Bestselling author and History Channel host Brad Meltzer will be in Tallahassee this Sunday, Sept. 16. He'll be at the Challenger Learning Center to talk about the high-flying American hero who was the first human to set foot on the moon.
Five years ago, Meltzer, who was coming off his popular History Channel series "Brad Meltzer Decoded," set his sights on a new project.
"You know, I was just tired of my own kids looking up to people who were famous for being famous and reality TV show stars and loud-mouth athletes and I thought, 'I can give them better heroes!' he said by phone in advance of his visit. "We need better values for our kids today. We are starving for heroes, whatever side of politics you're on, both sides are starving for heroes."
This led Meltzer to come up with a new series of books for kids focused on real-life heroes.
"So we started with, 'I am Amelia Earhart,'and'I am Abraham Lincoln,' Meltzer recounted. "We've done 'I am George Washington' and 'I am Dr. King,' 'I am Jane Goodall' and 'I am Lucille Ball,' and we are now coming out with our 15th hero in the series, a man who needs no introduction but a guy who I think is really perfect for these modern times, a guy named Neil Armstrong. So 'I am Neil Armstrong' is now launching as well."
Meltzer is fascinated with what qualities lead an individual to become "heroic." He cited an incident that happened to Armstrong when he was 8 years old and attempting to climb the giant maple tree in his backyard.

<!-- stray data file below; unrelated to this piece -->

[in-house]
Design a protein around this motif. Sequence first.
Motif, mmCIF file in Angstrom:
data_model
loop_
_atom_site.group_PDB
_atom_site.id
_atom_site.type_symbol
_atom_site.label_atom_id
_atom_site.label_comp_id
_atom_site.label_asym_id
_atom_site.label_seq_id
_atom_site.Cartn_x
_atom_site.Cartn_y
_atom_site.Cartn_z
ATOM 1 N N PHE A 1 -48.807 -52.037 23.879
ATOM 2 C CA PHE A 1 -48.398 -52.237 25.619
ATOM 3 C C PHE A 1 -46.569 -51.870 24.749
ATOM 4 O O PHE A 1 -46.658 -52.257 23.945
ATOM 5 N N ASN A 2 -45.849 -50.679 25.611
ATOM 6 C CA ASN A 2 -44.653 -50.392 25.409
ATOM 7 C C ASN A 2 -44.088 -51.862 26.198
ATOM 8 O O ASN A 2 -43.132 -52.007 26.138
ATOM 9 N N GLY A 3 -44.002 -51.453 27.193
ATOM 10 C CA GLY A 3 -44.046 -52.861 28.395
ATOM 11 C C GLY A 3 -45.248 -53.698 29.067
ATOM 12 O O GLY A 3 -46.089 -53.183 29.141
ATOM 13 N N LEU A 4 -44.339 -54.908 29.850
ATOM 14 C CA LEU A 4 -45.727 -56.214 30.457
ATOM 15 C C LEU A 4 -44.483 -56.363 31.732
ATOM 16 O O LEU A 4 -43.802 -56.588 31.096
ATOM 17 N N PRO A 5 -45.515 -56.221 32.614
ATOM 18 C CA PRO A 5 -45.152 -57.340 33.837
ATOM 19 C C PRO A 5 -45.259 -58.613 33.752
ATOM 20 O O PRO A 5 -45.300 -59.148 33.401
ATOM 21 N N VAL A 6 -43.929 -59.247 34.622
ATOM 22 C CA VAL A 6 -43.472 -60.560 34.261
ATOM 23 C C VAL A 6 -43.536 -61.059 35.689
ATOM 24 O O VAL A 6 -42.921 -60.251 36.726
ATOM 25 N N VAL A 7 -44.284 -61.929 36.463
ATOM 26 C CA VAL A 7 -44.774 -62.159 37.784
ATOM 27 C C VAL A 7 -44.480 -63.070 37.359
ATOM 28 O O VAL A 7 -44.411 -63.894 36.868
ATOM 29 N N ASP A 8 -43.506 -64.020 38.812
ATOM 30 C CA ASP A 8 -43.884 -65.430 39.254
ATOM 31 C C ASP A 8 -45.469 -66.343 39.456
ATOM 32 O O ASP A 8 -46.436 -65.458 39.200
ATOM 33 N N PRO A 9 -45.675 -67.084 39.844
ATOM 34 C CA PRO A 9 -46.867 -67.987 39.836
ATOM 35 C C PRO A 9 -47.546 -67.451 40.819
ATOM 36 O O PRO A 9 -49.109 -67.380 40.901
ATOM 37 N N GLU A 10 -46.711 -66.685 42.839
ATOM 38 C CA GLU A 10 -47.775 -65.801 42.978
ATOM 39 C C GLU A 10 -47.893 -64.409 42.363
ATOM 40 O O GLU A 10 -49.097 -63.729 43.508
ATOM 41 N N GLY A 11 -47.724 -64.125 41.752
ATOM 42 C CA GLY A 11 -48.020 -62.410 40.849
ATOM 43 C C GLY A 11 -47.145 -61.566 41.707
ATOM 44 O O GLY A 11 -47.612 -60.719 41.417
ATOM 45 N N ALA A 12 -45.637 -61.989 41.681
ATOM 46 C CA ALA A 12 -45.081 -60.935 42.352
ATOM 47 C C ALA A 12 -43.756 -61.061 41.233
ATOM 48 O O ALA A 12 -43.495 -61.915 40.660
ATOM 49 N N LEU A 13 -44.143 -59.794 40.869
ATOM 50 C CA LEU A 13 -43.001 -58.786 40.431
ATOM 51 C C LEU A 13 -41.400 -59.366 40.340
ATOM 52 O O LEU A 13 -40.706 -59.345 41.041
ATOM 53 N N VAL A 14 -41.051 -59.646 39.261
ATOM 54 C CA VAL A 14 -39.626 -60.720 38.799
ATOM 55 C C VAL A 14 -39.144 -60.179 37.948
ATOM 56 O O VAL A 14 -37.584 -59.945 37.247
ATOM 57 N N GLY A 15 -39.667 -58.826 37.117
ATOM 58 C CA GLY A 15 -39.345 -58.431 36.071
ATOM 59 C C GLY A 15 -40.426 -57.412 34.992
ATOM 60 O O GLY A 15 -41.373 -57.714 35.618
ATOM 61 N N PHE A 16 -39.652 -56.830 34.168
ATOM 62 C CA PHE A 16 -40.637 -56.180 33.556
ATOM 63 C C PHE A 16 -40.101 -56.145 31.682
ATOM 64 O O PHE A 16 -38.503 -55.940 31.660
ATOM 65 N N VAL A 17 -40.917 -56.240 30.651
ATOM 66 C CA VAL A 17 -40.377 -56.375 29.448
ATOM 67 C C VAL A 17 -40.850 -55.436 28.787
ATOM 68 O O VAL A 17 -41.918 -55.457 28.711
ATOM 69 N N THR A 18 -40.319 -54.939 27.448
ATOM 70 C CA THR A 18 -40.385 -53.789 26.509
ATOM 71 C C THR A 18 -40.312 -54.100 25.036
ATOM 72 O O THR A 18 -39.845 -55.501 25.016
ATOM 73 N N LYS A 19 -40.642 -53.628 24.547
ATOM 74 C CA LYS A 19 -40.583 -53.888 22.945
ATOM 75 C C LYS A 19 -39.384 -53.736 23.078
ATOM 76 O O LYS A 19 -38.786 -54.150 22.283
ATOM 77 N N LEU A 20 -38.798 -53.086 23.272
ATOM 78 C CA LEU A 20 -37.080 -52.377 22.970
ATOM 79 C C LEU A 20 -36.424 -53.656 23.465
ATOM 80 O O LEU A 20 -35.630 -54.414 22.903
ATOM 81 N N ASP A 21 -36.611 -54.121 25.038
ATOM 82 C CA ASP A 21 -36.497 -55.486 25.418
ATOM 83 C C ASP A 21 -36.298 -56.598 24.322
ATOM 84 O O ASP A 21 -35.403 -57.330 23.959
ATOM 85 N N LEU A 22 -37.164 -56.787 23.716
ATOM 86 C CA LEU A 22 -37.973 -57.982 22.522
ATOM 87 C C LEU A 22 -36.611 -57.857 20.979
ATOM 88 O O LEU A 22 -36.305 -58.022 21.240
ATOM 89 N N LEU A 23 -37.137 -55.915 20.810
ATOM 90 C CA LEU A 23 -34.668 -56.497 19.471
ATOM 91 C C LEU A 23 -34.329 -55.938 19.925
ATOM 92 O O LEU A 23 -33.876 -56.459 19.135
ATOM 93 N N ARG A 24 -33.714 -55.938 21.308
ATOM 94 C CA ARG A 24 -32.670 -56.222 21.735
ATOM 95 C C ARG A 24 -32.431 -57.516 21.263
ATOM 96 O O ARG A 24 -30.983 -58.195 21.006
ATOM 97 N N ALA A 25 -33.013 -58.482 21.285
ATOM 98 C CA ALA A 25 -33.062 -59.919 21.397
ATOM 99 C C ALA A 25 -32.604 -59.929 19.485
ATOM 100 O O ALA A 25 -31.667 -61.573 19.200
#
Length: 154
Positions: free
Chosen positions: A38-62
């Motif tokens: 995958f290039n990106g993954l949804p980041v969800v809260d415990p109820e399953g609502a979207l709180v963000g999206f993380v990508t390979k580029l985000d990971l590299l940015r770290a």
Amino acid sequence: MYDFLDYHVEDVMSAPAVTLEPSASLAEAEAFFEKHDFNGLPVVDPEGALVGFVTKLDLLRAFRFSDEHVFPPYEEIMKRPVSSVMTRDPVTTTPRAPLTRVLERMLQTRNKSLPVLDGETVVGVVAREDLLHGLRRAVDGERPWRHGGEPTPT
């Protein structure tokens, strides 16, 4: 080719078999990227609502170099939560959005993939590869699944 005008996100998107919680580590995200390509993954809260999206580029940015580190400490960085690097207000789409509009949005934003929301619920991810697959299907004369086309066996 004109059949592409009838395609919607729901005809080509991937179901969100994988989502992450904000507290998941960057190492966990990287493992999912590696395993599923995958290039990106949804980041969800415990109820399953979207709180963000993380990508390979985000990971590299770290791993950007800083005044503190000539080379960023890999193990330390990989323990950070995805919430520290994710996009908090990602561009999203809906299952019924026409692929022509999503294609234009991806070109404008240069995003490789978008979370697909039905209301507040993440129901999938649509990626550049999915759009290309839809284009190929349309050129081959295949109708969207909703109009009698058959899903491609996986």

"And for him, climbing a tree was like a puzzle," Meltzer said. "It was something he had to figure out by grabbing this branch and another branch. And he grabbed a dead branch - he was 8 years old - and the branch snapped. And he plummeted to the ground, landed flat on his back and the wind was knocked out of him. And the most important thing Neil Armstrong does in that moment is he gets back up again."
Meltzer said that fearless persistance continued as Armstrong learned to fly before he was even old enough to drive. Then through his military flight career, and into his years as an astronaut. But there was something else that made Armstrong a quiet sort of hero.
"Neil Armstrong never used the word 'I.' He used to use the word 'we.' 'We did this; we accomplished that.' And he would say during the Apollo mission that it was everyone's accomplishment that was going to go there. And he meant the scientists, the mathematicians, the people at the tailor sewing his space suit together. Remember when humility was an American value?"
Neil Armstrong died in 2012. But now his star is shining bright again. Besides being the subject of Meltzer's latest book on heroes, Armstrong's tale will come to the big screen next month with the release of the movie "First Man." Meltzer isn't surprised and believed this is more than mere coincidence.
"You know, I don't think there's anything serendipitidous about it. I think that at any moment in history, cultures always get the heroes that they need. I don't think it's a coincidence that the two biggest heroes this year in terms of documentary are Neil Armstrong and Mr. Rogers and I don't think it's a coincidence that we pickede them, too."
And this Sunday, Meltzer will be at Tallahassee's Challenger Learning Center.
"Yes, I'm going to talk about the book of course, but I'll give you the inside stories. I'll tell you what NASA said when they got to read the book. We'll talk about the real fun of how you put these books together. We'll also my thrillers, the TV show, about the 9/11 flag that we were able to find on this anniversary of 9/11 and to me the fun is the ending where everyone gets their book signed."
The show and signing takes place from 2:00 until 4:00 p.m. Sunday afternoon.